What were you doing in 2002? Were you at school, college or university? Or maybe you'd just started work. Me? I was, as I am now, living and working in London. I was just about hanging on to my twenties. I had more hair, and it was largely black. I'd like to say I was slimmer, but that would be a lie. Was I as obsessed about food as I am now? Probably not, but I did enjoy eating out to the extent that I was the proud owner of the 2002 Time Out Eating & Drinking Guide. I came across my copy when I was having a tidy up. Needless to say, this meant that I spent a good few hours flicking through it instead of clearing out crap in my flat.
Browsing through the guide, I was particularly fascinated by the changes over the last decade or so in how we eat and what we eat in London's restaurants. Take burgers, for example; the options in 2002 would absolutely horrify the burgerati of today. Without irony, Hard Rock Café, Planet Hollywood and TGI Friday's all appear in the 2002 guide as do Ed's Easy Diner and the long-departed Tootsies.
Back then, there was no Patty & Bun, no Byron and no spawn of Meatwagon. In fact the best in class was the original, and in those days, sole Gourmet Burger Kitchen (GBK) outlet on Northcote Road. In the words of Time Out: 'We're talking better than Eds, better than Hard Rock'. I was a big fan, and while GBK has since lost its lustre through over-expansion, it was a harbinger of better things to come. Whilst GBK might not be the godfather of the burger revolution that we have seen in the 21st century, it can certainly be considered a stepping-stone.
It's not just the burger scene that has changed beyond all recognition; London's Chinese restaurant scene has evolved, too. Dim sum was just beginning to break out of its for-us-by-us-Chinatown-ghetto with the opening of Hakkasan in 2001. Other signs of this sea-change included the expansion of the Royal China mini-chain and the likes of Phoenix Palace opening up in not-particularly-Chineser parts of town such as Marylebone. Fast-forward to 2013, and there is little doubt that pretty much all of the capital's finest dim sum eateries are found outside of Chinatown.
Going back to 2002, London's best Chinese restaurants were dominated by Hong Kong-style Cantonese joints serving up authentic dim sum, seafood and roast meats in parallel with a menu serving westernised dishes for the perceived tastes of the non-Chineser. While this style of restaurant still predominates today, there is so much more variety with many regions of China represented in the capital. In particular, as in China itself, Sichuan cuisine has emerged as the main challenger to the Cantonese hegemony. In turn, many Cantonese places now translate their menu in full to showcase their hitherto hidden delights. So, while not quite up to the standards seen in New York, Toronto or Sydney, there has been a big improvement in the quality and diversity of Chinese cuisine in London.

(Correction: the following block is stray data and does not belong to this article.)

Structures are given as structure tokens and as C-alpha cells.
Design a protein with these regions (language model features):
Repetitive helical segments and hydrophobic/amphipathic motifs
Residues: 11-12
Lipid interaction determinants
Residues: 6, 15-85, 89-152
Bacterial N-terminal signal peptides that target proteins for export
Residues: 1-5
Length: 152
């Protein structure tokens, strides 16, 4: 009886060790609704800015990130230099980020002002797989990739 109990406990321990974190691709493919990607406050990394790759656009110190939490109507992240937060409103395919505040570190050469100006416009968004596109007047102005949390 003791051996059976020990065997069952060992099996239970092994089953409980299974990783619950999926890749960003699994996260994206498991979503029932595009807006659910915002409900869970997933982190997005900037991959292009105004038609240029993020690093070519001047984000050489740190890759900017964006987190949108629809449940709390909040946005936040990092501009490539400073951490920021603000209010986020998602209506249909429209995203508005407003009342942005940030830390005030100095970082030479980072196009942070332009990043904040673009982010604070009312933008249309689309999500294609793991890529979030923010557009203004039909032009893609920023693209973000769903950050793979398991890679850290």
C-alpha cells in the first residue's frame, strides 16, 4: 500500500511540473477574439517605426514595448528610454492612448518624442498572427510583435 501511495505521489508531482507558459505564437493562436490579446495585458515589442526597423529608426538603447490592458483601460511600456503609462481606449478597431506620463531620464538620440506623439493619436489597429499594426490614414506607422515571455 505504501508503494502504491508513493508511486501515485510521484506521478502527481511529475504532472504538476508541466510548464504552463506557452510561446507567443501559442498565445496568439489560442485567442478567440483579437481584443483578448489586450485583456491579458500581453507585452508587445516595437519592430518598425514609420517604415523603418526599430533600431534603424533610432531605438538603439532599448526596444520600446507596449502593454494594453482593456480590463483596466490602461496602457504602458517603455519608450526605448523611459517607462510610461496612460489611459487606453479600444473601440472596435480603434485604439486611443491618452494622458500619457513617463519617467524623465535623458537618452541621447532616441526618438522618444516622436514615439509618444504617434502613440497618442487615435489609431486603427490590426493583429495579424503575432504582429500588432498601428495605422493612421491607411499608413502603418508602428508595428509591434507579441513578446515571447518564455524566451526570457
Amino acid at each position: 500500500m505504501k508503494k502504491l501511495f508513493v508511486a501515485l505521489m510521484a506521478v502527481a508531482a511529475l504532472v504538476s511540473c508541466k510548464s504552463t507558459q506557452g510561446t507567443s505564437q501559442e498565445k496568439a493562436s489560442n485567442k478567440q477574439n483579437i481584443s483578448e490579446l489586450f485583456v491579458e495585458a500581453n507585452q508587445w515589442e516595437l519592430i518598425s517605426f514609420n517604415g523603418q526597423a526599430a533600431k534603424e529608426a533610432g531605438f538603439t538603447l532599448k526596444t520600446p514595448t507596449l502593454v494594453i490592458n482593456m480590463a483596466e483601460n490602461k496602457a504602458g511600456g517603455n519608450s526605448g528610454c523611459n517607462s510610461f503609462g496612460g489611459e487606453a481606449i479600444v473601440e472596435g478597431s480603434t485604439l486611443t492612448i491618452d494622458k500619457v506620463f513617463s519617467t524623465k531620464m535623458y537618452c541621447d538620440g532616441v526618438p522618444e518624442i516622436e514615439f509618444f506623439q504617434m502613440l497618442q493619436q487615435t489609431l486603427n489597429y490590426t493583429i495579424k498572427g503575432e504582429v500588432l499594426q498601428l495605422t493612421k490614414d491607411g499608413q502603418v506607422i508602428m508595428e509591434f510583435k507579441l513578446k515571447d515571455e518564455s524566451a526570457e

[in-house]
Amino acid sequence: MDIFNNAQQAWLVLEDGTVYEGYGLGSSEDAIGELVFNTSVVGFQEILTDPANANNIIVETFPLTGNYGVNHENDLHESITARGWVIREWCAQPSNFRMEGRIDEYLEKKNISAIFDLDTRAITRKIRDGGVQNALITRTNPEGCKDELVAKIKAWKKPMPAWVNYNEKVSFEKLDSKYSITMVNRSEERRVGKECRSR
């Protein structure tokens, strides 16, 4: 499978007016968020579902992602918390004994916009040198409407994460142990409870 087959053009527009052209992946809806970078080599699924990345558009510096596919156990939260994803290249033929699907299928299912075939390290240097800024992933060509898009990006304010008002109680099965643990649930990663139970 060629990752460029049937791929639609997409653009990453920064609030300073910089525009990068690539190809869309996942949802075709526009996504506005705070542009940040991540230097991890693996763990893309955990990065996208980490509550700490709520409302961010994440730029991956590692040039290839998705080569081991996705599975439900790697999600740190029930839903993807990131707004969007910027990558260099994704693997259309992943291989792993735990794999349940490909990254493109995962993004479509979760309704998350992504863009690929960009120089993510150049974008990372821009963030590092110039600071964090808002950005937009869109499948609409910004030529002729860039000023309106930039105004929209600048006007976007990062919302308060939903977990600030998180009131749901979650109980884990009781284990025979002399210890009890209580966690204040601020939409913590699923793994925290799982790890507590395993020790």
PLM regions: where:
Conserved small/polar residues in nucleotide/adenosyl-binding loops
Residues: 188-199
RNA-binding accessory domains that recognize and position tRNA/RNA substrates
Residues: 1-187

If you thought the burger scene was a bit crap in 2002, it was positively buzzing compared to what passed as ramen in London. Then as now, Wagamama was the mainstream option, but there were very few specialist indie ramen shops. In fact, scouring the Time Out guide, the only joint that seemed to put ramen first in those days was Ramen Seto. I reviewed it in 2009; it was decent enough but compared to the new generation of ramen shops, it now seems all a bit old-fashioned.
Every era has its culinary trends and places-to-be-seen-at. Looking back at the early-noughties, it would seem that I was more a dedicated follower of fashion than I am today. Atlantic Bar & Grill, Bank and numerous Terence Conran restaurants were all ticked off my list. And knowing what I now know, I am a tad horrified that I was a big fan of Smiths of Smithfield, which had a certain John Torode in charge of the kitchen. In my defence, he hadn't appeared on MasterChef at that point in time, and the cocktail bar was brilliant.
Many of these places served up food, which fused Middle Eastern, South Asian and East Asian flavours into dishes served the European way. Sometimes this worked, other times it didn't. Plus ça change. And while the quality of the food was often variable, all of these places had a fantastic buzz. All of which makes me wonder if Balthazar's arrival on the London scene is at least a decade too late in that punters nowadays place as much emphasis, if not more, on the food than the atmosphere.
The last decade or so has seen the rise and fall of a certain Gordon Ramsay. Back in 2002 he hadn't quite reached his commercial peak, but it could be argued that the restaurants in his stable were at their creative peak. In particular, Petrus, which in those days was an intimate restaurant in St James, operated by his then best mate, Marcus Wareing. I had the privilege of eating there around that time (I did tell you I was a restaurant whore back in the day) and it remains one of the best meals I've ever had.
Original Petrus is a rare instance of when things were better back in the day (another one is Antonio Carluccio's Neal Street Restaurant – what the capital would give nowadays for a centrally located Italian restaurant of that quality) but on the whole, London's restaurant scene has just got better and better. Whether it's up there with the best in the world, well that's another question for another day.